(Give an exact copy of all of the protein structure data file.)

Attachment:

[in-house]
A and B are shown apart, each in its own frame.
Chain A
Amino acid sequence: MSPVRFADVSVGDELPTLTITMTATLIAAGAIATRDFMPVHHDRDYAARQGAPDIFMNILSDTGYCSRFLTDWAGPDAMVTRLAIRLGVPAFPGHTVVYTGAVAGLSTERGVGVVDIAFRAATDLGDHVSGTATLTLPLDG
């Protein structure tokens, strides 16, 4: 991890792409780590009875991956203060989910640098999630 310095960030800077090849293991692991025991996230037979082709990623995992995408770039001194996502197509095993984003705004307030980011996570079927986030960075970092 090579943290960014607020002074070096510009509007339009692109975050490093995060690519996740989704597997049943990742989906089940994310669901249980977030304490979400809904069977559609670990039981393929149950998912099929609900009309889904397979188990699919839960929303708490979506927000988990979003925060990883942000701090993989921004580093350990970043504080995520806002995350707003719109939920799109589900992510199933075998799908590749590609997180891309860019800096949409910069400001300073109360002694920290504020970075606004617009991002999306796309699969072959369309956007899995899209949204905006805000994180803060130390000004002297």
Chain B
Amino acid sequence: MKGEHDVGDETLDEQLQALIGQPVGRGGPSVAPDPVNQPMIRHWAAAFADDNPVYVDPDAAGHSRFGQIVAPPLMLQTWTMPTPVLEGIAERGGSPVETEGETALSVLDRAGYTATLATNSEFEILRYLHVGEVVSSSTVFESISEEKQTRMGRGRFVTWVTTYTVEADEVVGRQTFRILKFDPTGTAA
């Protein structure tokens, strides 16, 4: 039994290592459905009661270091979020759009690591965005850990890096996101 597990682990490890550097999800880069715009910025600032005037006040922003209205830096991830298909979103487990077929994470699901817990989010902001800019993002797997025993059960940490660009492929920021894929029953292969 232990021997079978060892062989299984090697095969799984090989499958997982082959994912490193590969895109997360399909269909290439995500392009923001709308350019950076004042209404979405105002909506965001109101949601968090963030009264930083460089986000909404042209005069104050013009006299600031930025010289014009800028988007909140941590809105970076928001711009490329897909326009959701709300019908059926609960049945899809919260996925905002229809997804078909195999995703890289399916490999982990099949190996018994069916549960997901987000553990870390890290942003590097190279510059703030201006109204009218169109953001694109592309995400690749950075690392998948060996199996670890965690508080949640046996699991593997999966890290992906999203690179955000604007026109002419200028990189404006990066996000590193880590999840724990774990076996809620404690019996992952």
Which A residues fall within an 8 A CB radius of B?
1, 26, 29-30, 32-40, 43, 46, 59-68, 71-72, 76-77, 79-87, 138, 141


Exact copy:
[in-house]
A and B are shown apart, each in its own frame.
Chain A
Amino acid sequence: MSPVRFADVSVGDELPTLTITMTATLIAAGAIATRDFMPVHHDRDYAARQGAPDIFMNILSDTGYCSRFLTDWAGPDAMVTRLAIRLGVPAFPGHTVVYTGAVAGLSTERGVGVVDIAFRAATDLGDHVSGTATLTLPLDG
């Protein structure tokens, strides 16, 4: 991890792409780590009875991956203060989910640098999630 310095960030800077090849293991692991025991996230037979082709990623995992995408770039001194996502197509095993984003705004307030980011996570079927986030960075970092 090579943290960014607020002074070096510009509007339009692109975050490093995060690519996740989704597997049943990742989906089940994310669901249980977030304490979400809904069977559609670990039981393929149950998912099929609900009309889904397979188990699919839960929303708490979506927000988990979003925060990883942000701090993989921004580093350990970043504080995520806002995350707003719109939920799109589900992510199933075998799908590749590609997180891309860019800096949409910069400001300073109360002694920290504020970075606004617009991002999306796309699969072959369309956007899995899209949204905006805000994180803060130390000004002297």
Chain B
Amino acid sequence: MKGEHDVGDETLDEQLQALIGQPVGRGGPSVAPDPVNQPMIRHWAAAFADDNPVYVDPDAAGHSRFGQIVAPPLMLQTWTMPTPVLEGIAERGGSPVETEGETALSVLDRAGYTATLATNSEFEILRYLHVGEVVSSSTVFESISEEKQTRMGRGRFVTWVTTYTVEADEVVGRQTFRILKFDPTGTAA
């Protein structure tokens, strides 16, 4: 039994290592459905009661270091979020759009690591965005850990890096996101 597990682990490890550097999800880069715009910025600032005037006040922003209205830096991830298909979103487990077929994470699901817990989010902001800019993002797997025993059960940490660009492929920021894929029953292969 232990021997079978060892062989299984090697095969799984090989499958997982082959994912490193590969895109997360399909269909290439995500392009923001709308350019950076004042209404979405105002909506965001109101949601968090963030009264930083460089986000909404042209005069104050013009006299600031930025010289014009800028988007909140941590809105970076928001711009490329897909326009959701709300019908059926609960049945899809919260996925905002229809997804078909195999995703890289399916490999982990099949190996018994069916549960997901987000553990870390890290942003590097190279510059703030201006109204009218169109953001694109592309995400690749950075690392998948060996199996670890965690508080949640046996699991593997999966890290992906999203690179955000604007026109002419200028990189404006990066996000590193880590999840724990774990076996809620404690019996992952």
Which A residues fall within an 8 A CB radius of B?
1, 26, 29-30, 32-40, 43, 46, 59-68, 71-72, 76-77, 79-87, 138, 141